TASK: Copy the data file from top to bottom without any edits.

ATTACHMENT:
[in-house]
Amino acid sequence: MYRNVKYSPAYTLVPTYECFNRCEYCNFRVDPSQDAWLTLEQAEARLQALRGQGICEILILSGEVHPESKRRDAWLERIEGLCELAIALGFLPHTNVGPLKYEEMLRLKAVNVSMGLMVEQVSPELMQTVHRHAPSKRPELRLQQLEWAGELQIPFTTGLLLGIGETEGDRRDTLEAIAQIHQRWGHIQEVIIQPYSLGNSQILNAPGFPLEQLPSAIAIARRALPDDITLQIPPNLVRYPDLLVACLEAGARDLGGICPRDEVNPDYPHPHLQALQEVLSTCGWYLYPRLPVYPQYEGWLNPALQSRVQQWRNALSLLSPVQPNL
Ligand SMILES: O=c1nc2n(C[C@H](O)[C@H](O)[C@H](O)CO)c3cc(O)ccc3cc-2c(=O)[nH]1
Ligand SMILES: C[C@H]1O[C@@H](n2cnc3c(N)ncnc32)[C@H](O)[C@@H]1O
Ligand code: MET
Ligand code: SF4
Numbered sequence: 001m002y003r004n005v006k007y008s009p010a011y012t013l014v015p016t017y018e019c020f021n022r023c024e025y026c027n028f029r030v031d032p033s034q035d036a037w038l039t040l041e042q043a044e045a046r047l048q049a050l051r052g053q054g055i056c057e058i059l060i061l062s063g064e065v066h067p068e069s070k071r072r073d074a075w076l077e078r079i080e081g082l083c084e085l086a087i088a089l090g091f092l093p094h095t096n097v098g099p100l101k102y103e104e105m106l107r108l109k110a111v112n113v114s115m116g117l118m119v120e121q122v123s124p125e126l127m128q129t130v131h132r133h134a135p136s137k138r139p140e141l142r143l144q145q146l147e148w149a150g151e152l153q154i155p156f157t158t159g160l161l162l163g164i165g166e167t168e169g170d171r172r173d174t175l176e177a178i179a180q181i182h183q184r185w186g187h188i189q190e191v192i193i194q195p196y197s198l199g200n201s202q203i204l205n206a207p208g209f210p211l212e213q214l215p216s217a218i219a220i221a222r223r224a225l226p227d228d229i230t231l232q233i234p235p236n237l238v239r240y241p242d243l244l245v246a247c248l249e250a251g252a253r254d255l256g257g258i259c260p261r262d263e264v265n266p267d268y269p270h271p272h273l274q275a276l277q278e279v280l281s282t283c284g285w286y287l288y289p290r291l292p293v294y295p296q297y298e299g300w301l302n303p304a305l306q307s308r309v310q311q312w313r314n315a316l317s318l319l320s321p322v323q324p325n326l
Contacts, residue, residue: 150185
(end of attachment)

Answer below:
[in-house]
Amino acid sequence: MYRNVKYSPAYTLVPTYECFNRCEYCNFRVDPSQDAWLTLEQAEARLQALRGQGICEILILSGEVHPESKRRDAWLERIEGLCELAIALGFLPHTNVGPLKYEEMLRLKAVNVSMGLMVEQVSPELMQTVHRHAPSKRPELRLQQLEWAGELQIPFTTGLLLGIGETEGDRRDTLEAIAQIHQRWGHIQEVIIQPYSLGNSQILNAPGFPLEQLPSAIAIARRALPDDITLQIPPNLVRYPDLLVACLEAGARDLGGICPRDEVNPDYPHPHLQALQEVLSTCGWYLYPRLPVYPQYEGWLNPALQSRVQQWRNALSLLSPVQPNL
Ligand SMILES: O=c1nc2n(C[C@H](O)[C@H](O)[C@H](O)CO)c3cc(O)ccc3cc-2c(=O)[nH]1
Ligand SMILES: C[C@H]1O[C@@H](n2cnc3c(N)ncnc32)[C@H](O)[C@@H]1O
Ligand code: MET
Ligand code: SF4
Numbered sequence: 001m002y003r004n005v006k007y008s009p010a011y012t013l014v015p016t017y018e019c020f021n022r023c024e025y026c027n028f029r030v031d032p033s034q035d036a037w038l039t040l041e042q043a044e045a046r047l048q049a050l051r052g053q054g055i056c057e058i059l060i061l062s063g064e065v066h067p068e069s070k071r072r073d074a075w076l077e078r079i080e081g082l083c084e085l086a087i088a089l090g091f092l093p094h095t096n097v098g099p100l101k102y103e104e105m106l107r108l109k110a111v112n113v114s115m116g117l118m119v120e121q122v123s124p125e126l127m128q129t130v131h132r133h134a135p136s137k138r139p140e141l142r143l144q145q146l147e148w149a150g151e152l153q154i155p156f157t158t159g160l161l162l163g164i165g166e167t168e169g170d171r172r173d174t175l176e177a178i179a180q181i182h183q184r185w186g187h188i189q190e191v192i193i194q195p196y197s198l199g200n201s202q203i204l205n206a207p208g209f210p211l212e213q214l215p216s217a218i219a220i221a222r223r224a225l226p227d228d229i230t231l232q233i234p235p236n237l238v239r240y241p242d243l244l245v246a247c248l249e250a251g252a253r254d255l256g257g258i259c260p261r262d263e264v265n266p267d268y269p270h271p272h273l274q275a276l277q278e279v280l281s282t283c284g285w286y287l288y289p290r291l292p293v294y295p296q297y298e299g300w301l302n303p304a305l306q307s308r309v310q311q312w313r314n315a316l317s318l319l320s321p322v323q324p325n326l
Contacts, residue, residue: 150185